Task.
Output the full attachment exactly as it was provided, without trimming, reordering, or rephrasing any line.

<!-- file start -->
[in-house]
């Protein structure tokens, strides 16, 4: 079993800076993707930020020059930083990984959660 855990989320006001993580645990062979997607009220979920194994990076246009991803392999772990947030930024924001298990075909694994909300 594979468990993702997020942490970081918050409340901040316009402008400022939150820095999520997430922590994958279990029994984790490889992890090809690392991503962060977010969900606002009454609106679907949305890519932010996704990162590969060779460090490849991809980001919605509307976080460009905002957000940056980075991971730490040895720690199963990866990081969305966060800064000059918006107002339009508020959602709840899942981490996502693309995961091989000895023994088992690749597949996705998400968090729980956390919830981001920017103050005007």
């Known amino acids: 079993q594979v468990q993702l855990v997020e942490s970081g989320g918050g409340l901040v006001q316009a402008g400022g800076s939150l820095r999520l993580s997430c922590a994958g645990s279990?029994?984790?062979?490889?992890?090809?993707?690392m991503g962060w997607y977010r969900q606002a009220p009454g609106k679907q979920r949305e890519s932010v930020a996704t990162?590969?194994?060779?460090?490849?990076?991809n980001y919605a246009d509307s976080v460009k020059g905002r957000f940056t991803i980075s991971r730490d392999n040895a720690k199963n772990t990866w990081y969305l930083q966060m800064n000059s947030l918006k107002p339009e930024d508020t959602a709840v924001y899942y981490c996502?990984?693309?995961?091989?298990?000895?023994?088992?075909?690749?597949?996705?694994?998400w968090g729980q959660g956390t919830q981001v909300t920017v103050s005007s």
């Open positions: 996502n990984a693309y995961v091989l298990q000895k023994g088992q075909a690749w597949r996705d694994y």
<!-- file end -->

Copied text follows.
[in-house]
């Protein structure tokens, strides 16, 4: 079993800076993707930020020059930083990984959660 855990989320006001993580645990062979997607009220979920194994990076246009991803392999772990947030930024924001298990075909694994909300 594979468990993702997020942490970081918050409340901040316009402008400022939150820095999520997430922590994958279990029994984790490889992890090809690392991503962060977010969900606002009454609106679907949305890519932010996704990162590969060779460090490849991809980001919605509307976080460009905002957000940056980075991971730490040895720690199963990866990081969305966060800064000059918006107002339009508020959602709840899942981490996502693309995961091989000895023994088992690749597949996705998400968090729980956390919830981001920017103050005007």
């Known amino acids: 079993q594979v468990q993702l855990v997020e942490s970081g989320g918050g409340l901040v006001q316009a402008g400022g800076s939150l820095r999520l993580s997430c922590a994958g645990s279990?029994?984790?062979?490889?992890?090809?993707?690392m991503g962060w997607y977010r969900q606002a009220p009454g609106k679907q979920r949305e890519s932010v930020a996704t990162?590969?194994?060779?460090?490849?990076?991809n980001y919605a246009d509307s976080v460009k020059g905002r957000f940056t991803i980075s991971r730490d392999n040895a720690k199963n772990t990866w990081y969305l930083q966060m800064n000059s947030l918006k107002p339009e930024d508020t959602a709840v924001y899942y981490c996502?990984?693309?995961?091989?298990?000895?023994?088992?075909?690749?597949?996705?694994?998400w968090g729980q959660g956390t919830q981001v909300t920017v103050s005007s």
């Open positions: 996502n990984a693309y995961v091989l298990q000895k023994g088992q075909a690749w597949r996705d694994y």